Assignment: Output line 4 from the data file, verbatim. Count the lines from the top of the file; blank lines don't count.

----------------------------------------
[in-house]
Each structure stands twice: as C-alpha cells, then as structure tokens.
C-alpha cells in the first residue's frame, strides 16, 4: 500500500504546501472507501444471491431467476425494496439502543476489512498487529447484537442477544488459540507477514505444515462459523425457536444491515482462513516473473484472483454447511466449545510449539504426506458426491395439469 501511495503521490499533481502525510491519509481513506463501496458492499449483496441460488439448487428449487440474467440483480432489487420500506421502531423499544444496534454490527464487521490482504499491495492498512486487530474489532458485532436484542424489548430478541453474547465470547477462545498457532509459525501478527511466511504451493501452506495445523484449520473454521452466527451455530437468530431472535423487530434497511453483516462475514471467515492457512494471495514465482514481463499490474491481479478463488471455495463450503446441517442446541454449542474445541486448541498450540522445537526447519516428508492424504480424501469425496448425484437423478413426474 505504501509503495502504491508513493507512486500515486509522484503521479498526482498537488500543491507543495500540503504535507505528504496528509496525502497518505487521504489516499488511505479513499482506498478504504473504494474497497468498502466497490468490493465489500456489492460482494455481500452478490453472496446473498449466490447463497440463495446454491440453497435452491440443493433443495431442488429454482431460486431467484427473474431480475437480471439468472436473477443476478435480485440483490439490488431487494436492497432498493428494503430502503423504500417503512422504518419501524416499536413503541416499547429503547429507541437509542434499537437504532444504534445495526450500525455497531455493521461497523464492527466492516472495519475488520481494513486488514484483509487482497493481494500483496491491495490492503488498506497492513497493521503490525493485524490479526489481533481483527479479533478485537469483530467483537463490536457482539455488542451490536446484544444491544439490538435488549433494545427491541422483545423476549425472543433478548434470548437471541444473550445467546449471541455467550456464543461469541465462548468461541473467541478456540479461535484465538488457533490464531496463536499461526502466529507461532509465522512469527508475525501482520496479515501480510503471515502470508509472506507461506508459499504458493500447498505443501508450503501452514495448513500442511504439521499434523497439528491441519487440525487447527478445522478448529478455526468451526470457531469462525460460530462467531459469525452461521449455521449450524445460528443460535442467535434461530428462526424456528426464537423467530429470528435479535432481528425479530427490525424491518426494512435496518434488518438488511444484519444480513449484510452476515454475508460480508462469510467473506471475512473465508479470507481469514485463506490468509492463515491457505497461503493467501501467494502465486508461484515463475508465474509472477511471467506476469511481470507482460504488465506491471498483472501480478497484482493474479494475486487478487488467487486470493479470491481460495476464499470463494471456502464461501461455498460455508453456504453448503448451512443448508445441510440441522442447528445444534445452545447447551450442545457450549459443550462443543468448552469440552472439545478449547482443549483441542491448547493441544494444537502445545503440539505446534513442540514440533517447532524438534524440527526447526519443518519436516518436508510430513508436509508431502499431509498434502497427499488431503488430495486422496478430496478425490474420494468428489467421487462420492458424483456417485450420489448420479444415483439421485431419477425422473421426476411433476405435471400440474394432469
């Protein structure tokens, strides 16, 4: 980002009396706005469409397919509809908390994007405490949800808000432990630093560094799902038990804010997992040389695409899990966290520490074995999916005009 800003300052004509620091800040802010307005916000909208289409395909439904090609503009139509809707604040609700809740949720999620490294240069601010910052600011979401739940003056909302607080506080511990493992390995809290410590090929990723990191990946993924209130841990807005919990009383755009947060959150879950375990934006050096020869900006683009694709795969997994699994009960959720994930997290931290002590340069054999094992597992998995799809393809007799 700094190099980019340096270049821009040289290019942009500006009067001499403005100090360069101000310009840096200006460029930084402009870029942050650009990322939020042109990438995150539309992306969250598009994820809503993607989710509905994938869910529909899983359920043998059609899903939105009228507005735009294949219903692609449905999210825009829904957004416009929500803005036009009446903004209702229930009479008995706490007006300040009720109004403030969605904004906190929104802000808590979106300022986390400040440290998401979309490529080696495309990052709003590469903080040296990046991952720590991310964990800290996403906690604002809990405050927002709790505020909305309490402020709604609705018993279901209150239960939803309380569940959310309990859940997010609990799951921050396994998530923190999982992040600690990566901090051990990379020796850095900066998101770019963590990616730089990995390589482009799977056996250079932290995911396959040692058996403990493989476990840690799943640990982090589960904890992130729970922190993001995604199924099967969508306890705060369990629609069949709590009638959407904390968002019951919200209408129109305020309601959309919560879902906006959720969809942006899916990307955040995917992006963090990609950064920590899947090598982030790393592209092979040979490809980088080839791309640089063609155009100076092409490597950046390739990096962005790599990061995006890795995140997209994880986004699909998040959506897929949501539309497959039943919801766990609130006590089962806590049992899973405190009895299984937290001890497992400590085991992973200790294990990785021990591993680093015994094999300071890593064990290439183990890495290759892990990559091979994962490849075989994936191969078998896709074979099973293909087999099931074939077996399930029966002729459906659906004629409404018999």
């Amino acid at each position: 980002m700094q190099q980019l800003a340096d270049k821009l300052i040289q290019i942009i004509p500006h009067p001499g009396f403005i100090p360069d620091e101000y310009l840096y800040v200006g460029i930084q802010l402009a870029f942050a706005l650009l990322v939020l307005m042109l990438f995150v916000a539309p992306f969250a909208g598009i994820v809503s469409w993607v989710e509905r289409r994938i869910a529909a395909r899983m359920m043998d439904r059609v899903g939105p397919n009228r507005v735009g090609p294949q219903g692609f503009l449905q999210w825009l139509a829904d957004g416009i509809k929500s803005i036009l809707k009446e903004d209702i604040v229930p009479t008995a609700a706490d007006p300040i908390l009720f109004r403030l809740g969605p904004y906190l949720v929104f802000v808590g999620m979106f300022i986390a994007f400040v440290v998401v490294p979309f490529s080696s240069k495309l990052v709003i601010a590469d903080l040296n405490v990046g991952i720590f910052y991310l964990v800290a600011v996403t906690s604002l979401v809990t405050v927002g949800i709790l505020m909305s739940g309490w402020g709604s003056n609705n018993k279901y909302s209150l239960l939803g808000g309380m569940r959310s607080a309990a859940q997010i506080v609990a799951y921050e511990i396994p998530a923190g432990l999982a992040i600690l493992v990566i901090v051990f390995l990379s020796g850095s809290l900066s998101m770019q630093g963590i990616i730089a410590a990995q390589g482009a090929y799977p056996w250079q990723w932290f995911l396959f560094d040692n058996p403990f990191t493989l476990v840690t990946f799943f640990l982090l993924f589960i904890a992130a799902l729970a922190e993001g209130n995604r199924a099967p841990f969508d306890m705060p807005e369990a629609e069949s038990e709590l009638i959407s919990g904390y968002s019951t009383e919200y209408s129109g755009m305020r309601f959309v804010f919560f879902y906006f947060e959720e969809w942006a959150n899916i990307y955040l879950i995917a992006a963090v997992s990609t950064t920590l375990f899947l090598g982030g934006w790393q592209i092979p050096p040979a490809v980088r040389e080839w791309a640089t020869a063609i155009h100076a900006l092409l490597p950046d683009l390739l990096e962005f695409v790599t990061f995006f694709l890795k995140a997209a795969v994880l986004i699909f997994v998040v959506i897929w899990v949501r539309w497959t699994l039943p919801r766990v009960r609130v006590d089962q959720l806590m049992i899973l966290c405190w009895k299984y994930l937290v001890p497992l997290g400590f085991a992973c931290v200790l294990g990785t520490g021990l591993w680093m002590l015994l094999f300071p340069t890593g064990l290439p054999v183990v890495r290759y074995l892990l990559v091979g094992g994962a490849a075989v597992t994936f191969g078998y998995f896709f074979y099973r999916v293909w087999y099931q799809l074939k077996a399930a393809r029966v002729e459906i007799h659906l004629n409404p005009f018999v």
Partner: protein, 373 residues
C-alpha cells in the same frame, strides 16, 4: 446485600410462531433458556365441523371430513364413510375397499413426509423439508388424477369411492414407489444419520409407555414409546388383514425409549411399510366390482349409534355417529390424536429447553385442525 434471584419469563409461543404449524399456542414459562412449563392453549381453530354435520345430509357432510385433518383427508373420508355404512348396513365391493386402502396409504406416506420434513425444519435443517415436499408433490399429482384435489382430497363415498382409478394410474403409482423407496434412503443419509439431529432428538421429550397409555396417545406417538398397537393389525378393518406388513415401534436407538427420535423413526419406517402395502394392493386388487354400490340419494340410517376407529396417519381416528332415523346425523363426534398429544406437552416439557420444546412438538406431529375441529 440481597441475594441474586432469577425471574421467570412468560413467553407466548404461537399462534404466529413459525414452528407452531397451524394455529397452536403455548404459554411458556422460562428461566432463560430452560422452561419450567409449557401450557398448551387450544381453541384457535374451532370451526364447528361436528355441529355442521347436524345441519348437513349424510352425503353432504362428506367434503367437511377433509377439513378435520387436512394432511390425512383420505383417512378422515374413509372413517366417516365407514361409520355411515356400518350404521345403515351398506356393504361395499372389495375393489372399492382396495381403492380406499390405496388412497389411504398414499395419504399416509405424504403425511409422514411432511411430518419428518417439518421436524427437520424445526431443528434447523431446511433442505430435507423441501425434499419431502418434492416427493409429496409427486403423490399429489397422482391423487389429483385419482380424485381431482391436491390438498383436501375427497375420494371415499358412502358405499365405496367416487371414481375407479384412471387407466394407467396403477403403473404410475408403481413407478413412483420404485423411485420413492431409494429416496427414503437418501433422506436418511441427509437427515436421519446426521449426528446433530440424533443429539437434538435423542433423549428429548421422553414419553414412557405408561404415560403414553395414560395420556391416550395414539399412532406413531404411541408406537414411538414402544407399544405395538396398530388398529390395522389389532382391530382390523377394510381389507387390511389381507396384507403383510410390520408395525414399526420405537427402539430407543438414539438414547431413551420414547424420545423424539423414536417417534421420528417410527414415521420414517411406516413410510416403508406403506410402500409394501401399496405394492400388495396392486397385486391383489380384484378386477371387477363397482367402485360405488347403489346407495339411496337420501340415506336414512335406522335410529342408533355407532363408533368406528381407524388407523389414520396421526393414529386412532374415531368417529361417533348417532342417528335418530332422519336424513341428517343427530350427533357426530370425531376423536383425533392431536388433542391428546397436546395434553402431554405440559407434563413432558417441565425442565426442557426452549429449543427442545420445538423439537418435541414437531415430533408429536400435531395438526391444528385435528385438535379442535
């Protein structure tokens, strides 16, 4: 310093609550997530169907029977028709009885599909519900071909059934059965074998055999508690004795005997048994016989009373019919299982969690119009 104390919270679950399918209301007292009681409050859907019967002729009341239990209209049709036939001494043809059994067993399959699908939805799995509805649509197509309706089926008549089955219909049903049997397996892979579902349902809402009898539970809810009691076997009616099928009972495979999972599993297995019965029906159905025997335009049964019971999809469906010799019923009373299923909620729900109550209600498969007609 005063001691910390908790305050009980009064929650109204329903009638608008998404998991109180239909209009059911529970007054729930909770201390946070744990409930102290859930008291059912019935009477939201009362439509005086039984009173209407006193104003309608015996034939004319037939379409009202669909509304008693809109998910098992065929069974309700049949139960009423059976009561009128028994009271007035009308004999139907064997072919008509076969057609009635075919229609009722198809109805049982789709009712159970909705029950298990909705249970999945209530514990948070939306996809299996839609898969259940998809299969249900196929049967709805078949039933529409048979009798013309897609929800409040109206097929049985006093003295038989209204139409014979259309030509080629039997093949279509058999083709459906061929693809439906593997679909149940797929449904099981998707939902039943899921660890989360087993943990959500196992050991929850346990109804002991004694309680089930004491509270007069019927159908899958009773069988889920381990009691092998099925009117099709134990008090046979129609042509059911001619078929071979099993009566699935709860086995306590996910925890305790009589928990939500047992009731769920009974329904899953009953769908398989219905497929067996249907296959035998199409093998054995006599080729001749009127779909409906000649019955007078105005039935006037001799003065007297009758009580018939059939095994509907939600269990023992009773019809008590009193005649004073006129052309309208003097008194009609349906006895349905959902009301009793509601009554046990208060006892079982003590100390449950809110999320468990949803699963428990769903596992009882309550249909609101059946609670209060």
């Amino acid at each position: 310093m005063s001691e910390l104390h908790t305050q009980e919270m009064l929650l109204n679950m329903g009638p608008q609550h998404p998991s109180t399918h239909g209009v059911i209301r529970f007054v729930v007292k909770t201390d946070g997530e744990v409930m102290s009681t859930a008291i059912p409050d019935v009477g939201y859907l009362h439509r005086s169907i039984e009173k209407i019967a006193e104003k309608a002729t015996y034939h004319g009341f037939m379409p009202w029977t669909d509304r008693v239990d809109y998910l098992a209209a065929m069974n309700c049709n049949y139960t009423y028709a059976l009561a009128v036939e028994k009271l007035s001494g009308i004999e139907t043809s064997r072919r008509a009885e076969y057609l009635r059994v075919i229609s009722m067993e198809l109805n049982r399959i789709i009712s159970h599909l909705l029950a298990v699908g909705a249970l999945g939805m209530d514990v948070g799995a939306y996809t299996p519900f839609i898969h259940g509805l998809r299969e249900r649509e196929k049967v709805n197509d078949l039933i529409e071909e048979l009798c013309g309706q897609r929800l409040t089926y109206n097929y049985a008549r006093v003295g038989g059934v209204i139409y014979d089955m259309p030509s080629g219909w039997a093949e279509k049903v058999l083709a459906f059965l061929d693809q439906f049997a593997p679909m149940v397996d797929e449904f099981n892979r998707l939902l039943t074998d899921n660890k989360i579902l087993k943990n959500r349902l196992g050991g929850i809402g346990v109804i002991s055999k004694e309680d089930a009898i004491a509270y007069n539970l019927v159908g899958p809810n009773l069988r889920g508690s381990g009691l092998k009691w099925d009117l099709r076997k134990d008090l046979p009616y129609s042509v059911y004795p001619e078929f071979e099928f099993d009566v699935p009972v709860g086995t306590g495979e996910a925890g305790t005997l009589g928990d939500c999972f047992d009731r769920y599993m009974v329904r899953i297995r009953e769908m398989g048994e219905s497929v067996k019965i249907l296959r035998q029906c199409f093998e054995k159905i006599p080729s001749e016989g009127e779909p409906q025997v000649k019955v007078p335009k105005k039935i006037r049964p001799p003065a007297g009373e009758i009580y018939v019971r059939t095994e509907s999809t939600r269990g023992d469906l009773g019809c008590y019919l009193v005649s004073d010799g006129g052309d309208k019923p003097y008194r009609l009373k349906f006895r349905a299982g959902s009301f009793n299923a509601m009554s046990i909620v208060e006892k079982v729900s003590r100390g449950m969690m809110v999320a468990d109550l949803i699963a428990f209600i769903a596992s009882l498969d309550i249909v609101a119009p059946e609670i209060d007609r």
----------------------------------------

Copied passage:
């Protein structure tokens, strides 16, 4: 980002009396706005469409397919509809908390994007405490949800808000432990630093560094799902038990804010997992040389695409899990966290520490074995999916005009 800003300052004509620091800040802010307005916000909208289409395909439904090609503009139509809707604040609700809740949720999620490294240069601010910052600011979401739940003056909302607080506080511990493992390995809290410590090929990723990191990946993924209130841990807005919990009383755009947060959150879950375990934006050096020869900006683009694709795969997994699994009960959720994930997290931290002590340069054999094992597992998995799809393809007799 700094190099980019340096270049821009040289290019942009500006009067001499403005100090360069101000310009840096200006460029930084402009870029942050650009990322939020042109990438995150539309992306969250598009994820809503993607989710509905994938869910529909899983359920043998059609899903939105009228507005735009294949219903692609449905999210825009829904957004416009929500803005036009009446903004209702229930009479008995706490007006300040009720109004403030969605904004906190929104802000808590979106300022986390400040440290998401979309490529080696495309990052709003590469903080040296990046991952720590991310964990800290996403906690604002809990405050927002709790505020909305309490402020709604609705018993279901209150239960939803309380569940959310309990859940997010609990799951921050396994998530923190999982992040600690990566901090051990990379020796850095900066998101770019963590990616730089990995390589482009799977056996250079932290995911396959040692058996403990493989476990840690799943640990982090589960904890992130729970922190993001995604199924099967969508306890705060369990629609069949709590009638959407904390968002019951919200209408129109305020309601959309919560879902906006959720969809942006899916990307955040995917992006963090990609950064920590899947090598982030790393592209092979040979490809980088080839791309640089063609155009100076092409490597950046390739990096962005790599990061995006890795995140997209994880986004699909998040959506897929949501539309497959039943919801766990609130006590089962806590049992899973405190009895299984937290001890497992400590085991992973200790294990990785021990591993680093015994094999300071890593064990290439183990890495290759892990990559091979994962490849075989994936191969078998896709074979099973293909087999099931074939077996399930029966002729459906659906004629409404018999």